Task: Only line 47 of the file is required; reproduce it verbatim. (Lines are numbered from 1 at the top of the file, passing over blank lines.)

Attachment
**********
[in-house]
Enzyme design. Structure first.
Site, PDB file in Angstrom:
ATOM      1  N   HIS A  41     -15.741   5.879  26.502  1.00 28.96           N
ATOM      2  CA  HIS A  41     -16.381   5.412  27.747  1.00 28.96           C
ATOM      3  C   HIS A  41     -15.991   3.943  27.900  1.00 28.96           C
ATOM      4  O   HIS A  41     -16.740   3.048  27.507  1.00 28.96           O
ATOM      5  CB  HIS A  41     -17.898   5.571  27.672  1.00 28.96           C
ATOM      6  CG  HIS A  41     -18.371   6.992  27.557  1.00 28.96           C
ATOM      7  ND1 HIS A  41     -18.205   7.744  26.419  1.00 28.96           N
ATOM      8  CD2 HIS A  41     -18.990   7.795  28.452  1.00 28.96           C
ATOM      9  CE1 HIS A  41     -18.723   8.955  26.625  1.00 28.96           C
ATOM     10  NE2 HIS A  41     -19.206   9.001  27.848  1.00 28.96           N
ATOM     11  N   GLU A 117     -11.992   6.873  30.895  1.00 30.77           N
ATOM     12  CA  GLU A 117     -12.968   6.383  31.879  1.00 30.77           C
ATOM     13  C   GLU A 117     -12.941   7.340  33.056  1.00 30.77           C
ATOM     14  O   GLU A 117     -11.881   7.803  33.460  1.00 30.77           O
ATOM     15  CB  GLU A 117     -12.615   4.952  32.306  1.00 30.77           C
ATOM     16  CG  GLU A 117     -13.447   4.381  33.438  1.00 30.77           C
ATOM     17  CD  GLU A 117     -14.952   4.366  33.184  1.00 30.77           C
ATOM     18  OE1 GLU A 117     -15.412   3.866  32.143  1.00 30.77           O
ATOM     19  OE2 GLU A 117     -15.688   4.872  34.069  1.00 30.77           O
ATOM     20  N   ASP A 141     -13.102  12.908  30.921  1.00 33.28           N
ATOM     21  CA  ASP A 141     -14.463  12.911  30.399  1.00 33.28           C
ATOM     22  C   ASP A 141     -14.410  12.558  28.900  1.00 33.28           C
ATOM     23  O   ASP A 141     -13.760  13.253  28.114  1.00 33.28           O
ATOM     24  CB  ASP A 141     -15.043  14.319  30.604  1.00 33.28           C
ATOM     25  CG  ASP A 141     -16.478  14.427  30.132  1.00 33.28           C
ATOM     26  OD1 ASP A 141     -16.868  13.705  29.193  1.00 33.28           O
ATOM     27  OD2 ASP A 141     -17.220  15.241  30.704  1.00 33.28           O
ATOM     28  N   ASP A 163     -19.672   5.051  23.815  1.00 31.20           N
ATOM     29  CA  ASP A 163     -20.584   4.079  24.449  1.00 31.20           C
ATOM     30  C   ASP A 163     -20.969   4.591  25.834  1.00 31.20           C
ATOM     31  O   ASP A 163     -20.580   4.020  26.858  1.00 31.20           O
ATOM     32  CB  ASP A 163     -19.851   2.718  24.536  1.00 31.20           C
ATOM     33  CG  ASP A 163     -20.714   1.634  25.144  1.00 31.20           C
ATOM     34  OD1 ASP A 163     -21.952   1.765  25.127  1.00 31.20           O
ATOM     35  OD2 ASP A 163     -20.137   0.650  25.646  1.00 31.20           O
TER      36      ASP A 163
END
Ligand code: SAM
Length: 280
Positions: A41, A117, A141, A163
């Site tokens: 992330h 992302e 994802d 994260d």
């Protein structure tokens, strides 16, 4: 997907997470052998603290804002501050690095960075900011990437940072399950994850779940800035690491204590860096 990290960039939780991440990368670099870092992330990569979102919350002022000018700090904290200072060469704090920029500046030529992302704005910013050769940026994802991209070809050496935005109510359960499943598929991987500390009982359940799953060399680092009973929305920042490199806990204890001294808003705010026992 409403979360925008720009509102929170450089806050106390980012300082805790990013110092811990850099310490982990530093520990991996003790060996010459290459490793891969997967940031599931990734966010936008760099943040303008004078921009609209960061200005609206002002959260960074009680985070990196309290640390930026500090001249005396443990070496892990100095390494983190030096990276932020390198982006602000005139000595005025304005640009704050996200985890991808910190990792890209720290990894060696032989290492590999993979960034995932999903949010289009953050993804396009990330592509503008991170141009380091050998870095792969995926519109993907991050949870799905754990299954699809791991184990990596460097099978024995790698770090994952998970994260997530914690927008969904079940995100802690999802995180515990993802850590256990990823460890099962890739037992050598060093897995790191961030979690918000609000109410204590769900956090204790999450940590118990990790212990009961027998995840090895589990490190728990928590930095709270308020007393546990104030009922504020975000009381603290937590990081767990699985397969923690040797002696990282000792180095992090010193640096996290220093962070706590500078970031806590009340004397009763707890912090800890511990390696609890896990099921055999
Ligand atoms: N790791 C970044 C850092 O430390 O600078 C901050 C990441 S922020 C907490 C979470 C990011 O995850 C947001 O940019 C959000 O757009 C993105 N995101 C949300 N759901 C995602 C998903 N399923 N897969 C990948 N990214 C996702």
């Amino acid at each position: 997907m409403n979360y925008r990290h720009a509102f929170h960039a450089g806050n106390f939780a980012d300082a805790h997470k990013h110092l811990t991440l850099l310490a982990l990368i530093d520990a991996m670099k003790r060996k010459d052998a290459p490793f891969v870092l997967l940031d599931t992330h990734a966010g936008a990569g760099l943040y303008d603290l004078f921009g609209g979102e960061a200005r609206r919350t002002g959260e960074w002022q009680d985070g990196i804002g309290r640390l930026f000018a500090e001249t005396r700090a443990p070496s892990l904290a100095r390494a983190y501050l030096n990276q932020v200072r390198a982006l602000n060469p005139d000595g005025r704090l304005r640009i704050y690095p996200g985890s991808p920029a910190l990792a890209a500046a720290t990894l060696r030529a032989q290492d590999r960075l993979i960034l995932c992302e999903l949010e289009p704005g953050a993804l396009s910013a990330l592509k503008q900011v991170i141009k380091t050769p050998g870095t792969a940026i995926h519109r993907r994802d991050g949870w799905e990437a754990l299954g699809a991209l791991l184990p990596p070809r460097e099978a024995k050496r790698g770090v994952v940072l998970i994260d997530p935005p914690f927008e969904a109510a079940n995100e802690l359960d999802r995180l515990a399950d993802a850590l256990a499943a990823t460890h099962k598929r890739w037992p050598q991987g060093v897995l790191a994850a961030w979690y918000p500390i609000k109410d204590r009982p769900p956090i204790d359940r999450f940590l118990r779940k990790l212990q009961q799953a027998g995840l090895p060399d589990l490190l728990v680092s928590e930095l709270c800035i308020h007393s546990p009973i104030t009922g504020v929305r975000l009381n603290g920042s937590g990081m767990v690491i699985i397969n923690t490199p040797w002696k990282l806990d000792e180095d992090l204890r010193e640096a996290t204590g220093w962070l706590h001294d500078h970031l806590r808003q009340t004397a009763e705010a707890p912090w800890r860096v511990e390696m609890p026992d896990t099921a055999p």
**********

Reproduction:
């Amino acid at each position: 997907m409403n979360y925008r990290h720009a509102f929170h960039a450089g806050n106390f939780a980012d300082a805790h997470k990013h110092l811990t991440l850099l310490a982990l990368i530093d520990a991996m670099k003790r060996k010459d052998a290459p490793f891969v870092l997967l940031d599931t992330h990734a966010g936008a990569g760099l943040y303008d603290l004078f921009g609209g979102e960061a200005r609206r919350t002002g959260e960074w002022q009680d985070g990196i804002g309290r640390l930026f000018a500090e001249t005396r700090a443990p070496s892990l904290a100095r390494a983190y501050l030096n990276q932020v200072r390198a982006l602000n060469p005139d000595g005025r704090l304005r640009i704050y690095p996200g985890s991808p920029a910190l990792a890209a500046a720290t990894l060696r030529a032989q290492d590999r960075l993979i960034l995932c992302e999903l949010e289009p704005g953050a993804l396009s910013a990330l592509k503008q900011v991170i141009k380091t050769p050998g870095t792969a940026i995926h519109r993907r994802d991050g949870w799905e990437a754990l299954g699809a991209l791991l184990p990596p070809r460097e099978a024995k050496r790698g770090v994952v940072l998970i994260d997530p935005p914690f927008e969904a109510a079940n995100e802690l359960d999802r995180l515990a399950d993802a850590l256990a499943a990823t460890h099962k598929r890739w037992p050598q991987g060093v897995l790191a994850a961030w979690y918000p500390i609000k109410d204590r009982p769900p956090i204790d359940r999450f940590l118990r779940k990790l212990q009961q799953a027998g995840l090895p060399d589990l490190l728990v680092s928590e930095l709270c800035i308020h007393s546990p009973i104030t009922g504020v929305r975000l009381n603290g920042s937590g990081m767990v690491i699985i397969n923690t490199p040797w002696k990282l806990d000792e180095d992090l204890r010193e640096a996290t204590g220093w962070l706590h001294d500078h970031l806590r808003q009340t004397a009763e705010a707890p912090w800890r860096v511990e390696m609890p026992d896990t099921a055999p």